Read omnivorously, and you’ll find that the books that you read will lead naturally to other books, some of which will be to your taste, some of which won’t. Or, wait a couple of years until The Moon and Serpent Bumper Book of Magic is out, and hopefully that’ll be your one-stop shop for all magical and occult information.
PÓM: Nice piece of product placement there, Alan.
AM: Absolutely. It was very smooth, I thought.
PÓM: Yeah, exactly! I think the thing I got the most questions from people about was, is there any more performance work, or any more musical work, coming up?
AM: Well, there a gig in a couple of weeks’ time, and I would still like to do some more magical performances but, as I’ve said, I’ve not been in touch with Tim Perkins for a long while. However, if Tim’s out of the picture, you know, with family commitments, there’s always possibilities for, I’ve got other musical accomplices, like Joe Brown, and so, yeah, I should like to do stuff at some point in the future, but as to when or if I’ll get round to it or not, I really don’t know, you know.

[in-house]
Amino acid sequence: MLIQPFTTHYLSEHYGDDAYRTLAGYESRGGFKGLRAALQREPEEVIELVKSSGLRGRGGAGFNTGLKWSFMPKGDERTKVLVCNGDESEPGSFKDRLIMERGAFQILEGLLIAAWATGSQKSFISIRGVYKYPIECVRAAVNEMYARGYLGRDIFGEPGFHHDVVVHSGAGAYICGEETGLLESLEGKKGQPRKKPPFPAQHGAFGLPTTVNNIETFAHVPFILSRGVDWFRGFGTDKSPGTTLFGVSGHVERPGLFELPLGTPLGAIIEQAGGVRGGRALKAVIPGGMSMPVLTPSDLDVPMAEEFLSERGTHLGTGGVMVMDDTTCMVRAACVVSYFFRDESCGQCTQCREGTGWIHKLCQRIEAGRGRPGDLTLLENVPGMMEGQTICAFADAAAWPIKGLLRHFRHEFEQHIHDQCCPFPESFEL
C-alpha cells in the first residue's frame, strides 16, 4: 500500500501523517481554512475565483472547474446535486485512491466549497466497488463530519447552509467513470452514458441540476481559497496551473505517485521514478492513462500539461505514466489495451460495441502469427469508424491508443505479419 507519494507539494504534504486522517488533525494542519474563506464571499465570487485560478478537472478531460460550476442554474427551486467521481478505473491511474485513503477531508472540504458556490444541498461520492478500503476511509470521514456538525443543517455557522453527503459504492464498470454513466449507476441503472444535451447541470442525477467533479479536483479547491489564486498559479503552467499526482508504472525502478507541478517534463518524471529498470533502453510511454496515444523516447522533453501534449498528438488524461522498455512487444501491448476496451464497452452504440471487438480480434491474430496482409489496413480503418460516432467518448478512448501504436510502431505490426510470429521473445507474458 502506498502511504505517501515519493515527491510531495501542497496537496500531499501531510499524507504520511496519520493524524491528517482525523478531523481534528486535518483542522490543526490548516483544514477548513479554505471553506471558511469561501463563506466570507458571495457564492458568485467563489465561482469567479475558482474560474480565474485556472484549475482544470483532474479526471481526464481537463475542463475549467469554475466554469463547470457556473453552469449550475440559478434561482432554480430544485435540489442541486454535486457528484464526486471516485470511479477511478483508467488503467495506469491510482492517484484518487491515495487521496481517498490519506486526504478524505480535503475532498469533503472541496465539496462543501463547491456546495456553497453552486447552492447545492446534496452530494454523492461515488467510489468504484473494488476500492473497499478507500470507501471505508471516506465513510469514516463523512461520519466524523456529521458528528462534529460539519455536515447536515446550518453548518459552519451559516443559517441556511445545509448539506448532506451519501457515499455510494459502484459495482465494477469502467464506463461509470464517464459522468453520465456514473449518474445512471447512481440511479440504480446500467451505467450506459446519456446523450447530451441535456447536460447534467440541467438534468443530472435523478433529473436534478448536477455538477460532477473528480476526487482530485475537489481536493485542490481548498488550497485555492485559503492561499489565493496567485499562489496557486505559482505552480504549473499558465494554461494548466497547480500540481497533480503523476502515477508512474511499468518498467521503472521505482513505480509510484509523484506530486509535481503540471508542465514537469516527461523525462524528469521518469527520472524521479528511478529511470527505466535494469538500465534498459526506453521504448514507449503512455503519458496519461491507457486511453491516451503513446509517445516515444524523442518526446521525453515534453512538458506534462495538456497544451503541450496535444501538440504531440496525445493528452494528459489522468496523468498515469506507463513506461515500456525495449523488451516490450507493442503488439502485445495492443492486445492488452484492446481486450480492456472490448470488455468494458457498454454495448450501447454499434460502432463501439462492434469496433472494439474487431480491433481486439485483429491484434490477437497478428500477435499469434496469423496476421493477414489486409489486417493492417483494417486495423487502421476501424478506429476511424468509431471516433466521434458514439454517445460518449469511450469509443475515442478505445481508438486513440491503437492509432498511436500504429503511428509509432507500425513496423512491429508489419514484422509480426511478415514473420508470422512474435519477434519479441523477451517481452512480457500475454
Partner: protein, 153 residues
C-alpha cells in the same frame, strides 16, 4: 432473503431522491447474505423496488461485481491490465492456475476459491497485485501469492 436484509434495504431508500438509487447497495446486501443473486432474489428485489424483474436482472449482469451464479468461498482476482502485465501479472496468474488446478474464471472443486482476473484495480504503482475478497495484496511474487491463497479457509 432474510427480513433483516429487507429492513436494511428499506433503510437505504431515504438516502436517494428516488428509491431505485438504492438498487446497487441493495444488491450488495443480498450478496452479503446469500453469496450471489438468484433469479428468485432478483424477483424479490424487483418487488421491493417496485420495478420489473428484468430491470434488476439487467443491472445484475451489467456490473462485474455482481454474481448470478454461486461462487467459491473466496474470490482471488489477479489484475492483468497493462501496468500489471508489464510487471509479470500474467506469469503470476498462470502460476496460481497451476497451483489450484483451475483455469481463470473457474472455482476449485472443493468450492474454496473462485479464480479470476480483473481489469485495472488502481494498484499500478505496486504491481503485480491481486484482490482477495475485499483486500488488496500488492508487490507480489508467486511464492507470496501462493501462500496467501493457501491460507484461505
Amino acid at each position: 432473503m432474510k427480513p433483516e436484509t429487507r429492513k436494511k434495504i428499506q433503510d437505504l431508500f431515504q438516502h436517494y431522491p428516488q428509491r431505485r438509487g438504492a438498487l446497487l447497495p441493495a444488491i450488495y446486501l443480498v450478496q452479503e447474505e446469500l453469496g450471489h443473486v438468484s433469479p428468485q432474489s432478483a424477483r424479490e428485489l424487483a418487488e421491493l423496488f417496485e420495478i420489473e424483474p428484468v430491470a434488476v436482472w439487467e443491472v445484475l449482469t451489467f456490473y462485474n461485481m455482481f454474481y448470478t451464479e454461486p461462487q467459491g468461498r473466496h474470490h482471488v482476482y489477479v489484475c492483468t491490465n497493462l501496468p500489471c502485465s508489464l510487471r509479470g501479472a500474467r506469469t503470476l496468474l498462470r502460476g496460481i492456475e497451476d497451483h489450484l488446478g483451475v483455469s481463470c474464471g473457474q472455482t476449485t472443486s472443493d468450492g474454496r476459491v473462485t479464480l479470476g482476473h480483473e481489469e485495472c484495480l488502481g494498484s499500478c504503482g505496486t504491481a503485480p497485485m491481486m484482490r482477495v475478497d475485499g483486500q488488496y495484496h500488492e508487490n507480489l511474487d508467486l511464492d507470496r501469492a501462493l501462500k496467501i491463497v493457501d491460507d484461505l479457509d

PÓM: Were you ever going to do anything else with Gary Lloyd?
AM: Yeah, it’s a possibility, we talked about it at some time, but it won’t be for a while, until Jerusalem is finished, I don’t think. I haven’t spoken to Gary since I saw him at that, at the event that I saw you at…
PÓM: The science fiction convention in Northampton?
AM: Yeah, I mean, it’s always a possibility, you know.
PÓM: OK, fair enough. The various performances that you did do, was there ever any video footage of any of those? I mean, there seemed to be quite an elaborate amount of staging and so on with them, wasn’t there?